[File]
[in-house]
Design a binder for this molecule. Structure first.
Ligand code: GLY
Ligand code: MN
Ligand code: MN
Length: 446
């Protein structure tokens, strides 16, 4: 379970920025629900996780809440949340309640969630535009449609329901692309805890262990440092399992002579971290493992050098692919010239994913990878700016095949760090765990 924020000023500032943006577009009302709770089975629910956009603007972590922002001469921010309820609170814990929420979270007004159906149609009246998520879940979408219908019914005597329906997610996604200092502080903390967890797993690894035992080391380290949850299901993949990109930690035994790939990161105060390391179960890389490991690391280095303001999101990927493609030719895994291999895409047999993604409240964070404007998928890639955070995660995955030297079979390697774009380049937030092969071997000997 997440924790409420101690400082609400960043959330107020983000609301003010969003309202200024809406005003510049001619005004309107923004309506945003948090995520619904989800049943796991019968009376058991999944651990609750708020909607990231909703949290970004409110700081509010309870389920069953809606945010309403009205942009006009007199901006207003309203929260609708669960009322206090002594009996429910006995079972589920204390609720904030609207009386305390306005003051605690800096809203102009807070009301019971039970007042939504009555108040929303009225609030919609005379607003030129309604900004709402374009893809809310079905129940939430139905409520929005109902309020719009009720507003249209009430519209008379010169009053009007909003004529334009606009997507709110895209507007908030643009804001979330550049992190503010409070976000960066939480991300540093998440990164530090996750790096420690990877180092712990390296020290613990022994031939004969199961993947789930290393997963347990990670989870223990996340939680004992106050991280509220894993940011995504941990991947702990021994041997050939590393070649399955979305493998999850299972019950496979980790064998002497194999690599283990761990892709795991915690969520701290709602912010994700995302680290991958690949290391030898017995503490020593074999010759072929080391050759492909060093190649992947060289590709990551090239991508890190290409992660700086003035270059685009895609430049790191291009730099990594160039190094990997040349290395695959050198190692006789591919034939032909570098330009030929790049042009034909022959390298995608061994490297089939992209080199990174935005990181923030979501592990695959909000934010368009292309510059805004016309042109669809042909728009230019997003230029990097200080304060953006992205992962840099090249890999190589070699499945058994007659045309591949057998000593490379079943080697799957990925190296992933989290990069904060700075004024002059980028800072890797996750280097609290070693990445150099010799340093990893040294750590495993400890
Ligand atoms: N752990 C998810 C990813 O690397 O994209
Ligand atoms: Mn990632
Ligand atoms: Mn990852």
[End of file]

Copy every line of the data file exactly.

[in-house]
Design a binder for this molecule. Structure first.
Ligand code: GLY
Ligand code: MN
Ligand code: MN
Length: 446
């Protein structure tokens, strides 16, 4: 379970920025629900996780809440949340309640969630535009449609329901692309805890262990440092399992002579971290493992050098692919010239994913990878700016095949760090765990 924020000023500032943006577009009302709770089975629910956009603007972590922002001469921010309820609170814990929420979270007004159906149609009246998520879940979408219908019914005597329906997610996604200092502080903390967890797993690894035992080391380290949850299901993949990109930690035994790939990161105060390391179960890389490991690391280095303001999101990927493609030719895994291999895409047999993604409240964070404007998928890639955070995660995955030297079979390697774009380049937030092969071997000997 997440924790409420101690400082609400960043959330107020983000609301003010969003309202200024809406005003510049001619005004309107923004309506945003948090995520619904989800049943796991019968009376058991999944651990609750708020909607990231909703949290970004409110700081509010309870389920069953809606945010309403009205942009006009007199901006207003309203929260609708669960009322206090002594009996429910006995079972589920204390609720904030609207009386305390306005003051605690800096809203102009807070009301019971039970007042939504009555108040929303009225609030919609005379607003030129309604900004709402374009893809809310079905129940939430139905409520929005109902309020719009009720507003249209009430519209008379010169009053009007909003004529334009606009997507709110895209507007908030643009804001979330550049992190503010409070976000960066939480991300540093998440990164530090996750790096420690990877180092712990390296020290613990022994031939004969199961993947789930290393997963347990990670989870223990996340939680004992106050991280509220894993940011995504941990991947702990021994041997050939590393070649399955979305493998999850299972019950496979980790064998002497194999690599283990761990892709795991915690969520701290709602912010994700995302680290991958690949290391030898017995503490020593074999010759072929080391050759492909060093190649992947060289590709990551090239991508890190290409992660700086003035270059685009895609430049790191291009730099990594160039190094990997040349290395695959050198190692006789591919034939032909570098330009030929790049042009034909022959390298995608061994490297089939992209080199990174935005990181923030979501592990695959909000934010368009292309510059805004016309042109669809042909728009230019997003230029990097200080304060953006992205992962840099090249890999190589070699499945058994007659045309591949057998000593490379079943080697799957990925190296992933989290990069904060700075004024002059980028800072890797996750280097609290070693990445150099010799340093990893040294750590495993400890
Ligand atoms: N752990 C998810 C990813 O690397 O994209
Ligand atoms: Mn990632
Ligand atoms: Mn990852």